Hyundai Eon Roadtest
It's not easy to upset Maruti. India's largest automotive manufacturer however now has cause for a headache and it's coming from as far south as it gets. In the city of Chennai, Hyundai is busy plotting to inject a big migraine with their new Eon. It's aimed squarely at the Alto, India's largest selling car which has been in production for a decade. The Alto monopolised the segment that had only one competitor - the M800 - and despite its global evolution to the A-Star, Maruti decided to retain the Alto brand in India knowing just how successful the car is in their scheme of things. So the Hyundai Eon in India will target both the Alto and the A-Star, not to mention its very own stablemate, the Santro. The ground rules to play in this segment to date were just price and efficiency. Maruti literally wrote all the rules simply because there wasn't anyone to play against. They were the only kid in a sandbox. So elements like contemporary design, comfort, packaging, performance, dynamics and features were all left to their own devices, no one gave those aspects a second thought. And it's those areas that Hyundai is tapping into. Time to turn on the Eon.
DESIGN & STYLE
The Eon is the next embodiment of Hyundai's new design language and what we now know as fluidic design. It's funky and eye catching, and it's closely related, cosmetically, to the new Verna and the i10. You see the same profusion of lines and shapes especially at the front with those well defined cheekbones highlighting this car. The sunken grille with the chrome strip and the Hyundai logo embedded in the centre is another distinguishing character. Yet its most interesting feature are its wraparound headlamps and the beefy wheel arches. Viewed from a three quarter angle those clear lens headlamps with elaborately designed reflectors looked like giant Chinese soup spoons to me. But they are attractive and along with the rest of the elements adorning the Eon's face garner a lot of attention. The rear hatch area is also very attractively turned out complemented by the crescent moon shaped tail lamps. The hatch looks a bit small though access to the boot is easy and unrestricted. Overall the Eon appears to be a very busy pallet yet it has a smooth cohesive sense about it which makes it attractive.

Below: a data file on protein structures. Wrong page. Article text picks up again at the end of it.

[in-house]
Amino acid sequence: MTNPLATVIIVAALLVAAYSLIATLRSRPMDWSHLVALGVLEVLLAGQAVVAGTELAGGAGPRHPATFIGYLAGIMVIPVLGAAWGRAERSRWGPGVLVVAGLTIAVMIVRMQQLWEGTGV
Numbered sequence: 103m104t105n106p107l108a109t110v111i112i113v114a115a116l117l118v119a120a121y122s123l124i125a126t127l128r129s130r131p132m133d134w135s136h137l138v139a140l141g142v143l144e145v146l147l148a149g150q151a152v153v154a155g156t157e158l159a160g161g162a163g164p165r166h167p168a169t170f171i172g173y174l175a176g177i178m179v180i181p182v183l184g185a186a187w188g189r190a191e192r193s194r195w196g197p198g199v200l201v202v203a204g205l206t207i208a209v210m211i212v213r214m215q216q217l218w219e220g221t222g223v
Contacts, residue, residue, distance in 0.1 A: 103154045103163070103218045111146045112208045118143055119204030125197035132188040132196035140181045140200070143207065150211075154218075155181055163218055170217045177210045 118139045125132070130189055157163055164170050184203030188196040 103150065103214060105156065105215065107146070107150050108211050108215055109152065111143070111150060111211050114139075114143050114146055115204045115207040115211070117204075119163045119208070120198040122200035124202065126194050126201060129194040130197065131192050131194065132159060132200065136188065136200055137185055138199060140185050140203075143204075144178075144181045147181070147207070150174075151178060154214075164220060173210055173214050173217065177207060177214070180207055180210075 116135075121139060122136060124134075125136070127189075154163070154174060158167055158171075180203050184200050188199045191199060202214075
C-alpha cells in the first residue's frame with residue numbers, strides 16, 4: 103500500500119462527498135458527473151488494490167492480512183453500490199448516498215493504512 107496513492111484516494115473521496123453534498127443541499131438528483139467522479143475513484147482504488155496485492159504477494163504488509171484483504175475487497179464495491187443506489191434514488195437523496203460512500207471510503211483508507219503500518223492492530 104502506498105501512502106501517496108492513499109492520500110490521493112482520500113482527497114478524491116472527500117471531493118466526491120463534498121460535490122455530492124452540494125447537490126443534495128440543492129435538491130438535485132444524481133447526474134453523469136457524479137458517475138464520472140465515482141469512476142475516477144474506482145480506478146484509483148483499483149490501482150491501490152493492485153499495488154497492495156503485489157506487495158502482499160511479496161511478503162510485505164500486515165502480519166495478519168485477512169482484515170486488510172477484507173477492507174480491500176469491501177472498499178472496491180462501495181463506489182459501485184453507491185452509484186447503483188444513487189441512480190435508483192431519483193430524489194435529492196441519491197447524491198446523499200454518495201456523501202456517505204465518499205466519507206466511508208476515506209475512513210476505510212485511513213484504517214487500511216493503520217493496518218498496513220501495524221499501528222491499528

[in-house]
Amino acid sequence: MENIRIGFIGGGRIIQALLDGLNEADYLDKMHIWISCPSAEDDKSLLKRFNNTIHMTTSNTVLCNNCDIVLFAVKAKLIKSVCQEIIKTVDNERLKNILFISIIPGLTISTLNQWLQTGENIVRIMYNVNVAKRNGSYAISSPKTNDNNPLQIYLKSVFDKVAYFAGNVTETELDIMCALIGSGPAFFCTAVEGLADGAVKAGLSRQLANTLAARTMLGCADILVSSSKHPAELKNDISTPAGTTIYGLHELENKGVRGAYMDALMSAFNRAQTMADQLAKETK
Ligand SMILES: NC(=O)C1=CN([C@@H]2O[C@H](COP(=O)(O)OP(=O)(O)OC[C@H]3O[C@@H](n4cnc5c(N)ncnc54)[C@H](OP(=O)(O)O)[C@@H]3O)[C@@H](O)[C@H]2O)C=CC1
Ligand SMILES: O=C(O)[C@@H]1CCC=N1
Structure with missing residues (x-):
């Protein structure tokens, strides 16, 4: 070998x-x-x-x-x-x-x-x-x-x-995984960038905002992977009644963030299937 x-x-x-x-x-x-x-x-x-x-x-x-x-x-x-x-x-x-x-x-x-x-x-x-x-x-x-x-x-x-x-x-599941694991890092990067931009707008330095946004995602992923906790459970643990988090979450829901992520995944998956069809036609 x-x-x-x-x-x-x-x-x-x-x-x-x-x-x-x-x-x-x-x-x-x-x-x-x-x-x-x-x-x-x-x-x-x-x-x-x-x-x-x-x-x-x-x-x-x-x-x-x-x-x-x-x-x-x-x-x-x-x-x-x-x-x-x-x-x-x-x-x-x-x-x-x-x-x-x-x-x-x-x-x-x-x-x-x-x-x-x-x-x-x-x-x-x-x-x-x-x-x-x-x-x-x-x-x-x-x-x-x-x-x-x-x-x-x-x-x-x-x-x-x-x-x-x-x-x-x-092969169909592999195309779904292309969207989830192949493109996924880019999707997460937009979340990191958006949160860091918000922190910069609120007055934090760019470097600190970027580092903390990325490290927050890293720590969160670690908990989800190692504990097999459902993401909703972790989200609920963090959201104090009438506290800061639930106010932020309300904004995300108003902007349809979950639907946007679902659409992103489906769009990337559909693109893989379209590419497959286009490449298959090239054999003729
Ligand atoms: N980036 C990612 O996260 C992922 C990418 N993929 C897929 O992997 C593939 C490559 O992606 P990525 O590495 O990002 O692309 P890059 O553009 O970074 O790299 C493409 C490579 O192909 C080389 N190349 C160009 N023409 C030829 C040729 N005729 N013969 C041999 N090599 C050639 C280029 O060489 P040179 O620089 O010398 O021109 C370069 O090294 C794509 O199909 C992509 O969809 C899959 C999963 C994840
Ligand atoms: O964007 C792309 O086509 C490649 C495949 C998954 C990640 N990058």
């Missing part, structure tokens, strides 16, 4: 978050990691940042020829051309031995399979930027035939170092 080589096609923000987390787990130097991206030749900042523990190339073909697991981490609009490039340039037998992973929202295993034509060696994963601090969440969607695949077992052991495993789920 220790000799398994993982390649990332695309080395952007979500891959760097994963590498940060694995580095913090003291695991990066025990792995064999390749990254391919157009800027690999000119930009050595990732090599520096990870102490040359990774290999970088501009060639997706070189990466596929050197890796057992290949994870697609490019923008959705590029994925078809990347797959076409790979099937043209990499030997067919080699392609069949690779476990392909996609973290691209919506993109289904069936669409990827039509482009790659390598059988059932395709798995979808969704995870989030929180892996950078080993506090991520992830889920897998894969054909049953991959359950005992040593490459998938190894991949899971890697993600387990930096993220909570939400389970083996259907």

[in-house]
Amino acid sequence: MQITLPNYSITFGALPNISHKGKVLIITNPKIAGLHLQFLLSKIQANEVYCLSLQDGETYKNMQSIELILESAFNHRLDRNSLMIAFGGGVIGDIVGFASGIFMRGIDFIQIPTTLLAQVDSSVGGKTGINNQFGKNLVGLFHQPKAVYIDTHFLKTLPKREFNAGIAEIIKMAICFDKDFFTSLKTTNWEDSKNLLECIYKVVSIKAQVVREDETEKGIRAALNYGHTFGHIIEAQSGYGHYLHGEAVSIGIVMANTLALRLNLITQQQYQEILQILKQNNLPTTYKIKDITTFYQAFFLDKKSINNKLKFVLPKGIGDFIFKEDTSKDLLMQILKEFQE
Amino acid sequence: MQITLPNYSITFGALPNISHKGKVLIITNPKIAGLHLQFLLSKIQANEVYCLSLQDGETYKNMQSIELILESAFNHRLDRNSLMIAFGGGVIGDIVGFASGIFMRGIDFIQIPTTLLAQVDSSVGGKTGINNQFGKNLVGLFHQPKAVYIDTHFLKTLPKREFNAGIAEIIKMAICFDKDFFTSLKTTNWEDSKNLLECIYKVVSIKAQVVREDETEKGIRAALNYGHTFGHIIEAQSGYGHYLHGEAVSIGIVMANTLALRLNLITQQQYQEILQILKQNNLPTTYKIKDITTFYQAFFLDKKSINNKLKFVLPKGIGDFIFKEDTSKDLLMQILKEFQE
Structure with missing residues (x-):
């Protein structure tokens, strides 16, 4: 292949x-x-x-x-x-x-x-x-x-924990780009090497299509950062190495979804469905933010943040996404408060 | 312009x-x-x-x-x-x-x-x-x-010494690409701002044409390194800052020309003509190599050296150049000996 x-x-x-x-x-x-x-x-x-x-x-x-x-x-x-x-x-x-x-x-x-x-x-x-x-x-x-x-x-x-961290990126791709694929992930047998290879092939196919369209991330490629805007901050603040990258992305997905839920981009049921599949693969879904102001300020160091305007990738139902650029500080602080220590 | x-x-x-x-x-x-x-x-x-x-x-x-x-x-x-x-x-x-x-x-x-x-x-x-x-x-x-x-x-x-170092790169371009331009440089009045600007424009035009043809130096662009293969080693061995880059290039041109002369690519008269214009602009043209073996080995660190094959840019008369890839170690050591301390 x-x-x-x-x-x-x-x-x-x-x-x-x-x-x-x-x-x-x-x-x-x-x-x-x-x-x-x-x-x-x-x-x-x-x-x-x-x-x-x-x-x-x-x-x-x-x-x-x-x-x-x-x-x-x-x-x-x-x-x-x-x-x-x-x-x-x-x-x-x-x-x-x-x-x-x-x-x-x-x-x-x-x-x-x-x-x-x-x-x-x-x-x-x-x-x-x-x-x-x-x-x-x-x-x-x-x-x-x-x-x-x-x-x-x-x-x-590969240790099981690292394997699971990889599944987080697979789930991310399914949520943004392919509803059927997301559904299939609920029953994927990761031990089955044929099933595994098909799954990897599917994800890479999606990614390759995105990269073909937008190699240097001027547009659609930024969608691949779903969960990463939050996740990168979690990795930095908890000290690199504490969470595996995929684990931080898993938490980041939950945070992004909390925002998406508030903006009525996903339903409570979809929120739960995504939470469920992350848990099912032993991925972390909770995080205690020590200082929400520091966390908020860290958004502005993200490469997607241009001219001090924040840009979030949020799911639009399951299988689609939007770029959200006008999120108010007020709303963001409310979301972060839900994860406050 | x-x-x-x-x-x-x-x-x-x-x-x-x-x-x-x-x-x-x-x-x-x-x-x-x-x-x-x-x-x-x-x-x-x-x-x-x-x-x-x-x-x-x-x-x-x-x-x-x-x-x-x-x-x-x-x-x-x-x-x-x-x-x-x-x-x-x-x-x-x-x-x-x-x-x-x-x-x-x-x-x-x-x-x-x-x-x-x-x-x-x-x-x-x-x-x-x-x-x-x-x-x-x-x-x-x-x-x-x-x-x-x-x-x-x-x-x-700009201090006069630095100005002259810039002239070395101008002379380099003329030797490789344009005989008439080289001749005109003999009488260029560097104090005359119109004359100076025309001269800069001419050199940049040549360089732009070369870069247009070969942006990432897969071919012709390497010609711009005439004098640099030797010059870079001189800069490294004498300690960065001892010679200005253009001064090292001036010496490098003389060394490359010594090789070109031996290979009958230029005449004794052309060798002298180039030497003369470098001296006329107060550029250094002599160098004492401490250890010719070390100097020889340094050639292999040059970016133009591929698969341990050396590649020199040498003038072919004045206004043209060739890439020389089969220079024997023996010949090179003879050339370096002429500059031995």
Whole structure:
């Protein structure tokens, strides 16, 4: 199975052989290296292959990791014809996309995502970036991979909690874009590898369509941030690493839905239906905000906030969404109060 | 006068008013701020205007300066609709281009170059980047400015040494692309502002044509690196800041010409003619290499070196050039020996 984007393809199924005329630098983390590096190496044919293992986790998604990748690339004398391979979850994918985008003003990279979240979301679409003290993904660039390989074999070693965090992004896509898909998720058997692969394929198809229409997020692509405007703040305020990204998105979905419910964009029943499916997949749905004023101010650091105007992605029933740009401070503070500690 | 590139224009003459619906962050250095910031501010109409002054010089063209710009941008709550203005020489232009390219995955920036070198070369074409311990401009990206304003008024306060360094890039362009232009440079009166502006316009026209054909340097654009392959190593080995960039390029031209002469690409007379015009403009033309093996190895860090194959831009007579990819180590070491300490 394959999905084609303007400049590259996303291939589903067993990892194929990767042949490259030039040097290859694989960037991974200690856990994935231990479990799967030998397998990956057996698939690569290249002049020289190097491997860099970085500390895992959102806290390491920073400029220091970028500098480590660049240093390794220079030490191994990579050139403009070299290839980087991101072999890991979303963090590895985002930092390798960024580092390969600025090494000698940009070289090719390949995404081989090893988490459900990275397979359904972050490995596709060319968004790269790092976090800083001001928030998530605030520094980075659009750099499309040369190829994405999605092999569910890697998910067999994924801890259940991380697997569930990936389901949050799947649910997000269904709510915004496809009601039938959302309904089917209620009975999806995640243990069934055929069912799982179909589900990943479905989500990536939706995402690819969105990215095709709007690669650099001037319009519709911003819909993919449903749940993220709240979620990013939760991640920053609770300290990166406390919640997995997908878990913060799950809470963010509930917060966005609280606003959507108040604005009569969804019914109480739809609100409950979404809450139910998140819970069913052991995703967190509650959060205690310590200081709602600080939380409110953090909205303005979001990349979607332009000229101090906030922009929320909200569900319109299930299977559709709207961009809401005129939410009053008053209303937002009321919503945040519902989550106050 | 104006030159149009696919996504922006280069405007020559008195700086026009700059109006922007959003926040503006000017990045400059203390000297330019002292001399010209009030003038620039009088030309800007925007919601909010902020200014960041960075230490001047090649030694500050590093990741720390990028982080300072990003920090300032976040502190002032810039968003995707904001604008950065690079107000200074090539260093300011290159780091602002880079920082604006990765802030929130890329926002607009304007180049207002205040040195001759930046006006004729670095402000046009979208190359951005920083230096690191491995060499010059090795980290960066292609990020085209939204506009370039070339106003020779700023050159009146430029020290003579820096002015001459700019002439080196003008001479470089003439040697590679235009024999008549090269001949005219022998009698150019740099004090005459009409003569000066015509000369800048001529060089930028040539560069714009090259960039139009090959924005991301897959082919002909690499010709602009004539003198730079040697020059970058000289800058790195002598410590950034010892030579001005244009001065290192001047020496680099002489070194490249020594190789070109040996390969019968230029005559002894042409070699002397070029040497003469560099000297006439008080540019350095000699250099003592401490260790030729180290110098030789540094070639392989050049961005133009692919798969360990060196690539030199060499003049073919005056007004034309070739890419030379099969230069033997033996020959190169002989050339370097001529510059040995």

The Eon also has a very nice stance, contrary to Hyundai's tall boy designs in the past the Eon looks short and wide, hunkering down with a quiet confidence. It's less than 3.5 metres long and just a little over 1.5 metres wide with a 1.38-metre wide track and 170mm of ground clearance. It's compact and yet looks much larger than the Alto, in fact it almost looks as large as its sibling the i10. Ideally seeing just how large the Eon is for an entry level compact car should prepare you for the shock of its interior. This is by far the most spacious cabin in any entry level compact car. I could easily seat four of me and have space for one more mini-me. Do not expect it to be a full 5-seater, not without three people in the rear bench getting too intimate. What does happen is generous knee room for rear seat passengers with ample shoulder space. At the front it's a bit of a squeeze sideways, and the driver will always bang elbows with the passenger when trying to shift gears. Design wise this is an ergonomically sound cabin. It has the same sense of flair as we have come to see in the most contemporary Hyundais. The gentle crests and troughs keep it interesting and I like the small cap the upper layer of the dashboard forms over the centre stack. Even on bright sunny days the shadow it throws over the stereo panel will ensure clear readability. The controls for the air-con and the stereo are simple to use though I did think that the profusion of buttons on the stereo panel could have been trimmed down a bit. Nevertheless that centre stack is nicely designed with the entire dashboard cascading into that single area.